Tuesday, December 15, 2009

Decade postmortem: 2000 and 2001

UPDATES: I tweaked the 2000 list a bit and added an addendum to 2001.

Now is the time when the music critics of the world compile their lists of the best releases of the year, and, even more agonizing, of the decade. Actually, for most writers that time was a month ago. I always get to these late, cuz (1) I don’t usually have a pressing early deadline, and (2) I find it psychically impossible to look back on a year until at least the second week of December.

I’ll be posting my 2009 list soon. But while scanning through the best-of-the-decade cloud, I’ve also been reflecting on my own past choices. Every critic should be held up to the lasting wisdom of his or her old year-end lists. Anybody can pick 10 faves, but a good critic is supposed to have the insight to find quality amid the mediocrity, and to explain and contextualize it. The problem is that aside from a few obvious mega-masterpieces (Thriller, Nevermind, William Shatner’s The Transformed Man) no one knows what will stand the test of time, which is the only test that matters. As a result, the art of the year-end top 10 includes an embarrassing amount of guesswork, fanboy advocacy and consensus groupthink gone stupidly wrong.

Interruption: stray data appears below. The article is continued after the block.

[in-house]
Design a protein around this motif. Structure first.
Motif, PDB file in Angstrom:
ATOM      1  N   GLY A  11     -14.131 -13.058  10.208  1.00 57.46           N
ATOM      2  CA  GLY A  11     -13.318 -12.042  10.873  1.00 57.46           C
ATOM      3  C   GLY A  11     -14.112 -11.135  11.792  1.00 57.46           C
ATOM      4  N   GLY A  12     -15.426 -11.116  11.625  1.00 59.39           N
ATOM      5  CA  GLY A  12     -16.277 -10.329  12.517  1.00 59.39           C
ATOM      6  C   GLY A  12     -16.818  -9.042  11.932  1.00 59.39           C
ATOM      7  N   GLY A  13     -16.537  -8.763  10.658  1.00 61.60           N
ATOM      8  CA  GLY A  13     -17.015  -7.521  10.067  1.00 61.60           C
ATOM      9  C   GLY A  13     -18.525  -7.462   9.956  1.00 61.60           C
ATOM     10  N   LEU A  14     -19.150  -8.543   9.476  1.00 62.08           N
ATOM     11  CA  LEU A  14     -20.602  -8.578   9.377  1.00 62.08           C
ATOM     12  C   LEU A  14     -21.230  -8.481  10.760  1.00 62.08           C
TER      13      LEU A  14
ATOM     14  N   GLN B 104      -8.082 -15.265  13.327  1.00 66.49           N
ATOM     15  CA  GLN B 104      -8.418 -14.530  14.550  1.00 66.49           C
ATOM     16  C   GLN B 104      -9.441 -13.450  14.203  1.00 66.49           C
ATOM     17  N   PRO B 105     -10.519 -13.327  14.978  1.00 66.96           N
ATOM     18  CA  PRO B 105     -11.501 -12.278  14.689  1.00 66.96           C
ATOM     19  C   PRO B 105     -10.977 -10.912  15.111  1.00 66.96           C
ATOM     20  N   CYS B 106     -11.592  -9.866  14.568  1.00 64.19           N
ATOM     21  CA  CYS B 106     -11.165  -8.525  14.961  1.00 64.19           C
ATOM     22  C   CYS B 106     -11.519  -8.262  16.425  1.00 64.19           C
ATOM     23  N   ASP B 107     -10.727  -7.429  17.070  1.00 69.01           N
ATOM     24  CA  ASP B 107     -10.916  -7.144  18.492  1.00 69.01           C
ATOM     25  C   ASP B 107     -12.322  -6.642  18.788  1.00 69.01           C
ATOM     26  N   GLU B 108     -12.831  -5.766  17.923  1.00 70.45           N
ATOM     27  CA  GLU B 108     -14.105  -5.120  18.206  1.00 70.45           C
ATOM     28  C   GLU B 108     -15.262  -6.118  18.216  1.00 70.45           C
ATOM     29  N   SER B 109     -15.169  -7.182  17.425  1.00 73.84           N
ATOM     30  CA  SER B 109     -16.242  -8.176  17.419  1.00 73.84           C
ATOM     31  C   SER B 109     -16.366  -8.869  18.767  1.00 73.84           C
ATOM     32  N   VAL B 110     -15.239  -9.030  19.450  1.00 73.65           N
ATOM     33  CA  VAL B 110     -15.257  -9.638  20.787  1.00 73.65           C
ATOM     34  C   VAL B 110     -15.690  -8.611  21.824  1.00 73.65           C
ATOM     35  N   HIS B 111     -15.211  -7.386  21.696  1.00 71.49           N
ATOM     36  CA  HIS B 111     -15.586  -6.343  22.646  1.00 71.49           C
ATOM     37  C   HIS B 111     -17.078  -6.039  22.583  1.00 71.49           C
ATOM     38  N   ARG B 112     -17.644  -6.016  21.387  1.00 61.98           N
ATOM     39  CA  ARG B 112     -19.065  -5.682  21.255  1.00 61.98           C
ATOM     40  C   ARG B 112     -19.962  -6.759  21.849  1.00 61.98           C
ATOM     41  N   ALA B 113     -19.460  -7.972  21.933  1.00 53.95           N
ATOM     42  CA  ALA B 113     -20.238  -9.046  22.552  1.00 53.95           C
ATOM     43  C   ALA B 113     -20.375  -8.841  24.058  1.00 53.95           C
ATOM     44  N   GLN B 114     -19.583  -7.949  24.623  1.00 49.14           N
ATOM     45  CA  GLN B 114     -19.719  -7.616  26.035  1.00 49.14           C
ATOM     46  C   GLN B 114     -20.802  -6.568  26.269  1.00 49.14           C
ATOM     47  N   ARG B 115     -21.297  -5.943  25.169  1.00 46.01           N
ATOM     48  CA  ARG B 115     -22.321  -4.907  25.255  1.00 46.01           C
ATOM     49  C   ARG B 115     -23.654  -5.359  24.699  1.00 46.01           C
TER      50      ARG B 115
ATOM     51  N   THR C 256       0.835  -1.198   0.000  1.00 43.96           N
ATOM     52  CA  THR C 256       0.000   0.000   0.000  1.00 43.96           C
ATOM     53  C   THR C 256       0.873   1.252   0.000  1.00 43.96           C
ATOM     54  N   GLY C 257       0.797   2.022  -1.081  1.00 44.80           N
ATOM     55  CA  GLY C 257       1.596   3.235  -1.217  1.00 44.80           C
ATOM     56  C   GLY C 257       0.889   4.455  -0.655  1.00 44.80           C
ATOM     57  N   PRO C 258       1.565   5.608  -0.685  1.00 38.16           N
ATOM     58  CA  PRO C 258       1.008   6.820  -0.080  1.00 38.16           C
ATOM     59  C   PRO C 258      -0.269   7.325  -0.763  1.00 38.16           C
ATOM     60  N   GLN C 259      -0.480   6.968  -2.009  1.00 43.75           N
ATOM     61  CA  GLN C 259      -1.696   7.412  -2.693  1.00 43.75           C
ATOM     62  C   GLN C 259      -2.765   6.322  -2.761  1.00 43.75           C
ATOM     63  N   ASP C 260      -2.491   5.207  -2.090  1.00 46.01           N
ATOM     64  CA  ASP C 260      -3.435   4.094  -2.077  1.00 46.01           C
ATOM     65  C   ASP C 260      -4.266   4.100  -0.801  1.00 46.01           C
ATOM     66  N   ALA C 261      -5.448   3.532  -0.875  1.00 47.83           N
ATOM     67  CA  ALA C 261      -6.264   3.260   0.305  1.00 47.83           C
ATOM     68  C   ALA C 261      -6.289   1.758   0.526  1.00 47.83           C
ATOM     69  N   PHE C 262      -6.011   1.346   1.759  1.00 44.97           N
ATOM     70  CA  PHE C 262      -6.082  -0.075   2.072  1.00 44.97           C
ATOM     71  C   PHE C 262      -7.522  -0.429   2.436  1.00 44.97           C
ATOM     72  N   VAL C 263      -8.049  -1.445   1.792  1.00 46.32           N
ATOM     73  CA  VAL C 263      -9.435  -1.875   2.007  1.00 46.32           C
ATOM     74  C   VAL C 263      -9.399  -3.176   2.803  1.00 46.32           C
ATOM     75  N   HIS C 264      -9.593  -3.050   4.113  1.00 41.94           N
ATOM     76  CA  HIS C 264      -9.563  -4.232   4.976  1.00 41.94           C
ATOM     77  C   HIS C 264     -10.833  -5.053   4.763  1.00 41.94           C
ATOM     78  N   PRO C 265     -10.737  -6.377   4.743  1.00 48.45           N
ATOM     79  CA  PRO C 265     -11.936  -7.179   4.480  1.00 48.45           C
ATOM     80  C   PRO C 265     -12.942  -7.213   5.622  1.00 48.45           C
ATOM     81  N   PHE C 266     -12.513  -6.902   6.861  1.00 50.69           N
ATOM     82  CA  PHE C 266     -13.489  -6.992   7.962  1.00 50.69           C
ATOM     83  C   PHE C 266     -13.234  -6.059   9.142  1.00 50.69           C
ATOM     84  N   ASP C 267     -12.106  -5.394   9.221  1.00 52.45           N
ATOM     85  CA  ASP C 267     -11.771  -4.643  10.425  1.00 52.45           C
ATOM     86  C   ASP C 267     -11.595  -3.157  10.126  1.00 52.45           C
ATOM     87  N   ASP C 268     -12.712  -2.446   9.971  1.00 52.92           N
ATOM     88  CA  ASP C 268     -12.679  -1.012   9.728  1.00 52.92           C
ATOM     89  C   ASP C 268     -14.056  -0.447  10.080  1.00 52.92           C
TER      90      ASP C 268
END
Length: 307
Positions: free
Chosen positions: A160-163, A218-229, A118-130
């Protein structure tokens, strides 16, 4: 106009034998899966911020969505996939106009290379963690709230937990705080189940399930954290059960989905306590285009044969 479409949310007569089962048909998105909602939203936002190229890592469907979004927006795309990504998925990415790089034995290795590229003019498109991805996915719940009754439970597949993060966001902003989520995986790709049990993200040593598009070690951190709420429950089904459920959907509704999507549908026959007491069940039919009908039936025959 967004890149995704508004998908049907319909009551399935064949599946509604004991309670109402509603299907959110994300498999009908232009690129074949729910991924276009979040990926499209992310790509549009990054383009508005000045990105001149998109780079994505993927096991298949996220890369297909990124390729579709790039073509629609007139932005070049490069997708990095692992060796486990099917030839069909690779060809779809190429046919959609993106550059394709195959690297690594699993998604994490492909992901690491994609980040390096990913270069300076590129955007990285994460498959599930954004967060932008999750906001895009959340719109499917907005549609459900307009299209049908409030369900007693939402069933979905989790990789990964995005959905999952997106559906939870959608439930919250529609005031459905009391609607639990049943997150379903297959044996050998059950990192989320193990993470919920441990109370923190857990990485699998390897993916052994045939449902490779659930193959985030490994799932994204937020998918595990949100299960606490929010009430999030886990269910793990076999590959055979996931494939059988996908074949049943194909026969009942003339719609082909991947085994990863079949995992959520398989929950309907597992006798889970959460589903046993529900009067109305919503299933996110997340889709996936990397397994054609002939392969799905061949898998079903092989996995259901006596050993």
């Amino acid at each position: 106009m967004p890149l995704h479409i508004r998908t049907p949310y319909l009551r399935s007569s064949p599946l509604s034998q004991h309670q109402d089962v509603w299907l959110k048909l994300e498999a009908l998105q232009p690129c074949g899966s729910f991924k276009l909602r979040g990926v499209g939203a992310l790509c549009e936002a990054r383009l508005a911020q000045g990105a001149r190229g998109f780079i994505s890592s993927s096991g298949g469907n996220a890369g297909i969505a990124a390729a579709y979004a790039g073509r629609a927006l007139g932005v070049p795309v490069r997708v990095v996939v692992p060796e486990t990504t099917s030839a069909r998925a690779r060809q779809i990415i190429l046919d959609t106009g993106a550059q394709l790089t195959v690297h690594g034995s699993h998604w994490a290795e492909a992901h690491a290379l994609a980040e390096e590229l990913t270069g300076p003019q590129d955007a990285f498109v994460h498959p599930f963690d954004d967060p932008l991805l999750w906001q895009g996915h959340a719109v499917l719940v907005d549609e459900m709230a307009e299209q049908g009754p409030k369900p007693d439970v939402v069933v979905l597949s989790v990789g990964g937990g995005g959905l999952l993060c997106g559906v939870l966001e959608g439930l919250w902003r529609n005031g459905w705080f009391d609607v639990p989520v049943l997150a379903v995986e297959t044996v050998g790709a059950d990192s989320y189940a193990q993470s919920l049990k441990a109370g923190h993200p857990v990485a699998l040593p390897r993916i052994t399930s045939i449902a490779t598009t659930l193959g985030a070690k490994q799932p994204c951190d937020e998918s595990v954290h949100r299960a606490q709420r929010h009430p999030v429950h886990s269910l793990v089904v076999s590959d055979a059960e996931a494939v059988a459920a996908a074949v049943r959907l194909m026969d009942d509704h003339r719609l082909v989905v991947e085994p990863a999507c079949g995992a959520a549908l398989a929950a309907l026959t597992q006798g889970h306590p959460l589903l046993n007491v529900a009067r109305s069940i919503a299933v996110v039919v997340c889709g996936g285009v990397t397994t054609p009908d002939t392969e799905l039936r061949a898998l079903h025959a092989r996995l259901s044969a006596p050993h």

In 2007 the Village Voice ran a brutal but very funny reckoning about its Pazz and Jop poll, which covers hundreds of critics each year. (New Times had recently bought the Voice and begun booting its staff, so the motivation might not have been purely journalistic.) Reviewing decades of old Pazz and Jop tallies, the new Voice found a lot of howlers. Our nation’s rock critics got Thriller and Nevermind right (phew), but otherwise came out looking only slightly smarter than Grammy voters. For instance, in 1991 P.M. Dawn was laughably overestimated at No. 5, while My Bloody Valentine’s Loveless only made No. 14 and Dinosaur Jr’s Green Mind No. 37. Those are two of the most important alt-rock albums of the ’90s, and it was pretty obvious at the time how big a deal they were. In 1995 Elastica was No. 5 but Ready to Die was shunted all the way down to No. 38. I think we know who killed Biggie Smalls!

Over the next week or so I’ll be reviewing my past lists to see how well they hold up, and revising them as needed. Feel free to take me to task, shout in solidarity, call bullshit. It can be tricky to define exactly what we’re saying with these rankings. The big question is whether they represent only personal affinity or are larger statements about artistic or cultural importance. I lean toward the former, although I think a critic isn’t doing his job unless the latter plays a significant part.